What does a “statute of limitations” mean?
A “statute of limitations” is a law or rule that sets a time period for you to file a lawsuit or for the prosecutor to file criminal charges against someone. It is a rule that applies in both civil and criminal cases.If the person filing the lawsuit passes the deadline, the case will be dismissed.
For example, if you stole something from a store or trespassed on someone’s property, charges must be filed within a year or two. If nothing is done within the statute of limitations period, charges cannot be filed. Every state has their own set of rules setting the time periods for filing a formal complaint with the court. Some crimes, treason and murder, for example, have no limitation. Charges, in those cases, can be filed at any time after commission of the crime, even decades later.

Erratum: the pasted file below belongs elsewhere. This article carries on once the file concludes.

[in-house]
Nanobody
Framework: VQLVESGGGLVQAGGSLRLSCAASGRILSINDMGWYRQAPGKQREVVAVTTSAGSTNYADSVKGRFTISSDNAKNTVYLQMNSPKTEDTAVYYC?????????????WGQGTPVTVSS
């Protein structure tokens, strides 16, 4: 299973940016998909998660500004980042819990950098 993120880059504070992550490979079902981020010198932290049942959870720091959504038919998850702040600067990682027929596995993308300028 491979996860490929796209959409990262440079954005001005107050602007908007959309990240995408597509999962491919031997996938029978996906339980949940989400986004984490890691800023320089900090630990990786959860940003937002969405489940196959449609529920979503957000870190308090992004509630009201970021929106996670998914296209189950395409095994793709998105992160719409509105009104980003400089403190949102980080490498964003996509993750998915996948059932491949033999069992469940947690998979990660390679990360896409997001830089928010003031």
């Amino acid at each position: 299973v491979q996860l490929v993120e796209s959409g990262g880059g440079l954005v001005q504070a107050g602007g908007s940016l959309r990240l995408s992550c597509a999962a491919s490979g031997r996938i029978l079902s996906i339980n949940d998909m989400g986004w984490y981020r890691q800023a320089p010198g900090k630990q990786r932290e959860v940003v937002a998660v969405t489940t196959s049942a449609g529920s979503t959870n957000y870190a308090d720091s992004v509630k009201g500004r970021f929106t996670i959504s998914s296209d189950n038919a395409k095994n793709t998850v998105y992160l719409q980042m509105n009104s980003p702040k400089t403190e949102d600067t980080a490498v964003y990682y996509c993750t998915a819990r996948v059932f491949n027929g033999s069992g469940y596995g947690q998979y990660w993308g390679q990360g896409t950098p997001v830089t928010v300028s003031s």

This is the same in civil cases. Property damage, product liability, medical malpractice, motor vehicle accidents are examples of civil cases. The formal complaint filed by the plaintiff must be filed within a statutory time period. Otherwise, the lawsuit will be dismissed for exceeding the time period and the court has no jurisdiction to hear the case.
Murder has no statute of limitation: in 1964, three civil rights workers were murdered in Mississippi. Andrew Goodman, age 20, James Chaney, age 21, and Michael Schwerner, age 24 were attacked by Ku Klux Klan members while registering black voters. In 2005 – 41 years later – 80-year-old Edgar Ray Killen was convicted of three counts of manslaughter and sentenced to 60 years in prison.